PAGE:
Uzbek Islamists to flee to Pakistan province of Helmand

As Afghan and NATO forces continue their tense struggle against insurgents, the Islamic Movement of Uzbekistan has been invited by the Taliban to join the fight in the fractious Helmand province, according to the British press.

Lead by Tahir Uldashev, the Islamic Movement of Uzbekistan, or IMU, is one of the most active Islamist groups known for its close ties with Al-Quaeda that was formed back in 1996. Uldashev had a history of links to several other terrorist groups. He fled Uzbekistan in 1992 due to a government anti-terrorist campaign. The invitation from the Talibanis for IMU seems to be their only hope now.

The move comes after the drums of war began to rumble over the Pakistani region of Waziristan. It is to this region that IMU were invited by local tribal leaders to seek refuge, after the 2001 U.S.-led operation “Enduring Freedom”.

According to the Pakistani government, about 160 people, including 130 Uzbeks have been killed in fighting in the past week alone.

“The clashes that have happened in the past two years in Afghanistan and the Pakistani border province of Waziristan between the Uzbek mujahideens and the local population have claimed over 1,500 lives of local tribesmen,” says Valery Sheryaev, a military expert.

The latest clashes reportedly erupted after the Uzbek militia accused some local tribal leaders of spying for the Pakistani government and trying to kill a pro-government leader.

Islamabad is said to be planning to increase its military presence in the region by around 8,000 troops. It currently has a contingent of 80,000 in the semi-autonomous region. Some analysts believe Pakistan is serious in its intentions to get rid of foreign militias in the so called “tribal region”, and it appears the tribal elders are also eager to eradicate Uzbek Islamists from their home province. The visit to Islamabad by U.S. Vice-President Dick Cheney – a man known for his hard rhetoric over the lack of Pakistan's anti-terrorist efforts in its northern provinces – ads international pressure to the situation.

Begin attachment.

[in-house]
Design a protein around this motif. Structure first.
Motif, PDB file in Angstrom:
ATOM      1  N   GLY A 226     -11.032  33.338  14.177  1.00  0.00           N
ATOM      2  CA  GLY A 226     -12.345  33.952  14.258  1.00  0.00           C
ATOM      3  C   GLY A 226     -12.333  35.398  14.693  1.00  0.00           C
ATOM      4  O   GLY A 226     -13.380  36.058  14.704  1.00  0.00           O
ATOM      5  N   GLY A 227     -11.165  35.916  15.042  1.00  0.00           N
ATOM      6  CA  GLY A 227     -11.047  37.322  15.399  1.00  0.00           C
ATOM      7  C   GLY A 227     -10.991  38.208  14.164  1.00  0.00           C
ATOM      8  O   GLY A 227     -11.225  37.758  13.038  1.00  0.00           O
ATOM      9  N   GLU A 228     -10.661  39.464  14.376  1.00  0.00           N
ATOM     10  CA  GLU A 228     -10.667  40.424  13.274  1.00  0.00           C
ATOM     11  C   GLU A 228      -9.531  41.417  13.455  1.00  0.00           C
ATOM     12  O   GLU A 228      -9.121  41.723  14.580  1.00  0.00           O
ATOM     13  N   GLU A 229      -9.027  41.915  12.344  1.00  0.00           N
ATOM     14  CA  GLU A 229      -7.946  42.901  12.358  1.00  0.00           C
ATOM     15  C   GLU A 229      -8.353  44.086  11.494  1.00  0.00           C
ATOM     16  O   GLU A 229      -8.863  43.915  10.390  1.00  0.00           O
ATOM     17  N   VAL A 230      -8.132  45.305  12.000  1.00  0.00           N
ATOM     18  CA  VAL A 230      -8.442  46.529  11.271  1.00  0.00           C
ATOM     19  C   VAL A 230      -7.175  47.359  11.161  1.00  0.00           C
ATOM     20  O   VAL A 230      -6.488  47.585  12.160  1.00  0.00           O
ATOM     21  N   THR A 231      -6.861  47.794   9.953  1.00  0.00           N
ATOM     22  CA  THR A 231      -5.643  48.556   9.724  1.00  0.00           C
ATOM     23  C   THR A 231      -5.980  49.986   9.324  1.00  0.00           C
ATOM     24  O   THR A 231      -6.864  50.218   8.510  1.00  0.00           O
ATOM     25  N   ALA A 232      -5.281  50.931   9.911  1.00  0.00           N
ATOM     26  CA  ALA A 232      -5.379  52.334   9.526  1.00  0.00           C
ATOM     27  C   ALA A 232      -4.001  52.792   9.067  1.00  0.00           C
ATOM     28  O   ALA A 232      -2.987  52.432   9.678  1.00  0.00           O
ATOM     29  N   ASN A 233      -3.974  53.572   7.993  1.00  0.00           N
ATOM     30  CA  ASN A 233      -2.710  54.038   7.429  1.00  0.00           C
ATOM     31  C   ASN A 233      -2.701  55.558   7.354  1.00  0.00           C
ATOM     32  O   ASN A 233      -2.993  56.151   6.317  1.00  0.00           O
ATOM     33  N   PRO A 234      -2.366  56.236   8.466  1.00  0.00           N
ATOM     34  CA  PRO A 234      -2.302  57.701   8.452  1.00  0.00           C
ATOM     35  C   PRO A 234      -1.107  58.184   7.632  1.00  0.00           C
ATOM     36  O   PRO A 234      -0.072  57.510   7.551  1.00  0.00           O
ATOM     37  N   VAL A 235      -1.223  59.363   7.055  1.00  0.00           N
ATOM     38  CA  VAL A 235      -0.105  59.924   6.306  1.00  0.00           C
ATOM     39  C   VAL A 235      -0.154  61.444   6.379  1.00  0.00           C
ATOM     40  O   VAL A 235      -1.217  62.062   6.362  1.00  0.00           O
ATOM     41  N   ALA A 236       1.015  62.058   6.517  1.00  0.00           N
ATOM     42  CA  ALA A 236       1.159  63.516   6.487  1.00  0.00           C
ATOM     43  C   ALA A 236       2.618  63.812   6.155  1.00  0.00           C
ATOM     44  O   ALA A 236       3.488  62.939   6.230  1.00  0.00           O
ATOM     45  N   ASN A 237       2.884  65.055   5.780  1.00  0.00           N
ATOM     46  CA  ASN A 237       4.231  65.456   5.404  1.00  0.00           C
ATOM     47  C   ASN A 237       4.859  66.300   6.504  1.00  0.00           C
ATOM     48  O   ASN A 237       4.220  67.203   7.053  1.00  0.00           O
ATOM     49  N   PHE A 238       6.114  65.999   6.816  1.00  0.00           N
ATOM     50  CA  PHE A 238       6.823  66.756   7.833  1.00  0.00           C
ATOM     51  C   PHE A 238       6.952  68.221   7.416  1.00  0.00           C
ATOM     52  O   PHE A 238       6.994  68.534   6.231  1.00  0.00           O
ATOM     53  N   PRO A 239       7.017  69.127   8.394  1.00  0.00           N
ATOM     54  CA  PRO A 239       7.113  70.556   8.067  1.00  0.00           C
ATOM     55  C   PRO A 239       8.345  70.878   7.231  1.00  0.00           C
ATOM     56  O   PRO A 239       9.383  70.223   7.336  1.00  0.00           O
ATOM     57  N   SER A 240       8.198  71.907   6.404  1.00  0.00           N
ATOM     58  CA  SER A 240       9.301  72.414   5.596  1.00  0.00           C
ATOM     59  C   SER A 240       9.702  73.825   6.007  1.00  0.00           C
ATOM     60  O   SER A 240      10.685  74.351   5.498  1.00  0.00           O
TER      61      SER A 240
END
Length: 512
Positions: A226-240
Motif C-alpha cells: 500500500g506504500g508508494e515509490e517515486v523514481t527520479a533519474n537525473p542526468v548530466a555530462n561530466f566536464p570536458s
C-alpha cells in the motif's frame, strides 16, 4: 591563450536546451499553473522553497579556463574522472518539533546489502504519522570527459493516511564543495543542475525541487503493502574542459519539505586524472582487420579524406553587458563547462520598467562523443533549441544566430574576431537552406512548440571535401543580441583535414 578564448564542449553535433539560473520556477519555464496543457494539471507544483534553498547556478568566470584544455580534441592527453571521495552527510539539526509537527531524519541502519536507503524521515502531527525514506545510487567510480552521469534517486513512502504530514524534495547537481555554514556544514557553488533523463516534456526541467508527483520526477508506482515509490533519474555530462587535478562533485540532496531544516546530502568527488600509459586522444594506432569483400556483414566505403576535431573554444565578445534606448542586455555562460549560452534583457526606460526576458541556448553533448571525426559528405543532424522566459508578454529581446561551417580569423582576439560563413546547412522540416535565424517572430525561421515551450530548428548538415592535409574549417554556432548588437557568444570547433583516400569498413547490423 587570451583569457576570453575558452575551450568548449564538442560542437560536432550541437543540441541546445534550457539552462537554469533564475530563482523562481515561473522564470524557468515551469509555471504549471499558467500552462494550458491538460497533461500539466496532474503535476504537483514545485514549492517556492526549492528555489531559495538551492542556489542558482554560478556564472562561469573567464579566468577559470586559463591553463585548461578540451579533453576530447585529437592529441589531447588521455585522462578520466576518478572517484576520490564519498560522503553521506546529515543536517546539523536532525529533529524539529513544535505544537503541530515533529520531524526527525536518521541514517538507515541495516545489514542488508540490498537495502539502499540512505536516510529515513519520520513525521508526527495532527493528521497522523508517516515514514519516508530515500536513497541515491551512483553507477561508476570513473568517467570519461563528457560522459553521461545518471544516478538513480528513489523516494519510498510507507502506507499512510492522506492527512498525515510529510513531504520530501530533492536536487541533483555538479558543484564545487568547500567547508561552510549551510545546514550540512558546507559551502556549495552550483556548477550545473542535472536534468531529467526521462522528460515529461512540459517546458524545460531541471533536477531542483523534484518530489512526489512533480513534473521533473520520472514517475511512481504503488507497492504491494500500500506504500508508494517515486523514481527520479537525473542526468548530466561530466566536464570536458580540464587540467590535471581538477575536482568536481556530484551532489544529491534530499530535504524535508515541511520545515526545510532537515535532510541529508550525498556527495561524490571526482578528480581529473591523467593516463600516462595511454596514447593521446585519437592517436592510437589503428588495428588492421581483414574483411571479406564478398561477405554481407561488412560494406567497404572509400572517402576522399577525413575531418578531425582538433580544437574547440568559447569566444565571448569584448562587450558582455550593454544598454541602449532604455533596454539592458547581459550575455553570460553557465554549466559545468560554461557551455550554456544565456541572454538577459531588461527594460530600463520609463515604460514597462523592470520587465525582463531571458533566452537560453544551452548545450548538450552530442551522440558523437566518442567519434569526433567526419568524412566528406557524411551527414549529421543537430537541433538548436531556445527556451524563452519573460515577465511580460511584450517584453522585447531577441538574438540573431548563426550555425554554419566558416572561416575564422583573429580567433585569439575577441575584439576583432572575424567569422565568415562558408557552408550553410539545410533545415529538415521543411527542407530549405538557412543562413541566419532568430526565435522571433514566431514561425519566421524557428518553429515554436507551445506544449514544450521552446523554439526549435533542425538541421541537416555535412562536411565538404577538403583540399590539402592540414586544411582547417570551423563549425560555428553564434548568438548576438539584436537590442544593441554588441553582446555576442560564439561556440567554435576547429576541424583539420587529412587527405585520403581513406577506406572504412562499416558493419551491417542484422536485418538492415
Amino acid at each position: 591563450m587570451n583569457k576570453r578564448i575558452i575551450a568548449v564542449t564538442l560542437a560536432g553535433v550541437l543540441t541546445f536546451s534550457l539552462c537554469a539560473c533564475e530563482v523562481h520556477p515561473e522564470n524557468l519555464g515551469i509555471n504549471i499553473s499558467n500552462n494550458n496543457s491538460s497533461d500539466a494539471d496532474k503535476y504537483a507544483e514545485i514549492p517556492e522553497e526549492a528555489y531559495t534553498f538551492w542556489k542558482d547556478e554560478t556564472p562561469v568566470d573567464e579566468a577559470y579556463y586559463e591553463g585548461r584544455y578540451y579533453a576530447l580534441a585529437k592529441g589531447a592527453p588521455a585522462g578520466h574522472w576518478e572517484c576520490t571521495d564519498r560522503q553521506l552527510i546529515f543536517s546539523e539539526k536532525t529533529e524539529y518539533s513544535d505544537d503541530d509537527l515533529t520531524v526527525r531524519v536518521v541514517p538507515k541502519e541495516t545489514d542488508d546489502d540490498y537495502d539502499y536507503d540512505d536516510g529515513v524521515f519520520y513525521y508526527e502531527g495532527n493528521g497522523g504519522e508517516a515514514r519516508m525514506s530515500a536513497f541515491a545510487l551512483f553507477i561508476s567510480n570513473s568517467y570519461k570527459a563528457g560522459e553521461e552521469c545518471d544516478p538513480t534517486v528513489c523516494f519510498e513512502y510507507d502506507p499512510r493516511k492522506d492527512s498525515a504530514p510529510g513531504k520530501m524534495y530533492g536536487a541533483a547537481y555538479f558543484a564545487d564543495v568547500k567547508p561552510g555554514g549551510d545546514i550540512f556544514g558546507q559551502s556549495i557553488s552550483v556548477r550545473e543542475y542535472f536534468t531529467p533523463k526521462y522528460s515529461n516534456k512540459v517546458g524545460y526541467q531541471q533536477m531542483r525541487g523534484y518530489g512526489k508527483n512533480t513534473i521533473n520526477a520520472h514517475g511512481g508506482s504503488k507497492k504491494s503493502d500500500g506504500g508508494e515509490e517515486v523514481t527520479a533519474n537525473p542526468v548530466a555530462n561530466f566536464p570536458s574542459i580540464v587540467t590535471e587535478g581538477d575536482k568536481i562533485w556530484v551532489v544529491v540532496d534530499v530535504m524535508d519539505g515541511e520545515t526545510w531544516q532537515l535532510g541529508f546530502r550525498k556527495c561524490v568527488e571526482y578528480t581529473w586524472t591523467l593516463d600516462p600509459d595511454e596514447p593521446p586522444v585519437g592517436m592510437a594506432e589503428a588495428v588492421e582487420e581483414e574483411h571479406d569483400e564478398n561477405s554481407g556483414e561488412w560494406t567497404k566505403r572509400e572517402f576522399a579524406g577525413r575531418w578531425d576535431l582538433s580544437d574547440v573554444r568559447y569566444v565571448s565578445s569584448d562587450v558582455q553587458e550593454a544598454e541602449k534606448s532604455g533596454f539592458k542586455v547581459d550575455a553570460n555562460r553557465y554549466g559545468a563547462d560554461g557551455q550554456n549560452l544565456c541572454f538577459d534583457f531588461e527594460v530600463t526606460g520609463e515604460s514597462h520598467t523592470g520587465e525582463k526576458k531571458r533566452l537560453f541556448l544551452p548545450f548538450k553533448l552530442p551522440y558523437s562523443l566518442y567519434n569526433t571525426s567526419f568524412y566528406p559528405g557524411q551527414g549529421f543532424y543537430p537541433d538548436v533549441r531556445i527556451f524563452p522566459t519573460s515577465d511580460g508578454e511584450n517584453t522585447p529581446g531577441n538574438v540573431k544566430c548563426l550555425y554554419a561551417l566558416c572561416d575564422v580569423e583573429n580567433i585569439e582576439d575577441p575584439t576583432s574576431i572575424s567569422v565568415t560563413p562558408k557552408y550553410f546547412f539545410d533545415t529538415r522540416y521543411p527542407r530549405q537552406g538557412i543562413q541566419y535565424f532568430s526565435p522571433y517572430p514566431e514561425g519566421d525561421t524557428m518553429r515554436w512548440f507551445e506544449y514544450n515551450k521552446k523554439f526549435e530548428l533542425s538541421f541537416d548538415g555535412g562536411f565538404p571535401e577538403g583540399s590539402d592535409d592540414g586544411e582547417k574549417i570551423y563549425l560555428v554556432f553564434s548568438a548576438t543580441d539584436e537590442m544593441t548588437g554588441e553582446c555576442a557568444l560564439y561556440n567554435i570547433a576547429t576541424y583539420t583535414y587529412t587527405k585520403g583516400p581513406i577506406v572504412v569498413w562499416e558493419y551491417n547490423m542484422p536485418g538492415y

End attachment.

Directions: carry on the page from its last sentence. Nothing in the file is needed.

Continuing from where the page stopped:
According to Taliban sources they have now offered the Uzbek Islamists safe passage into Afghanistan's Helmand province.

“This is a unique natural complex of shelters, where it is very easy to hide for the people like the Uldaev’s militias, which have a vast experience of a mountain activity. In this territory they’ll be able to hide a tank good enough so that it will be almost impossible to find it, even using all possible modern equipments such as satellites,” believes Mr Sheryaev.

Currently there are about 5,000 British troops attempting to control the province. That number's set to rise to 7,000. But if the Uzbek militia succeed in reaching Afghanistan, combined with the new spring wave of the Taliban, it might just sweep the British out of the province.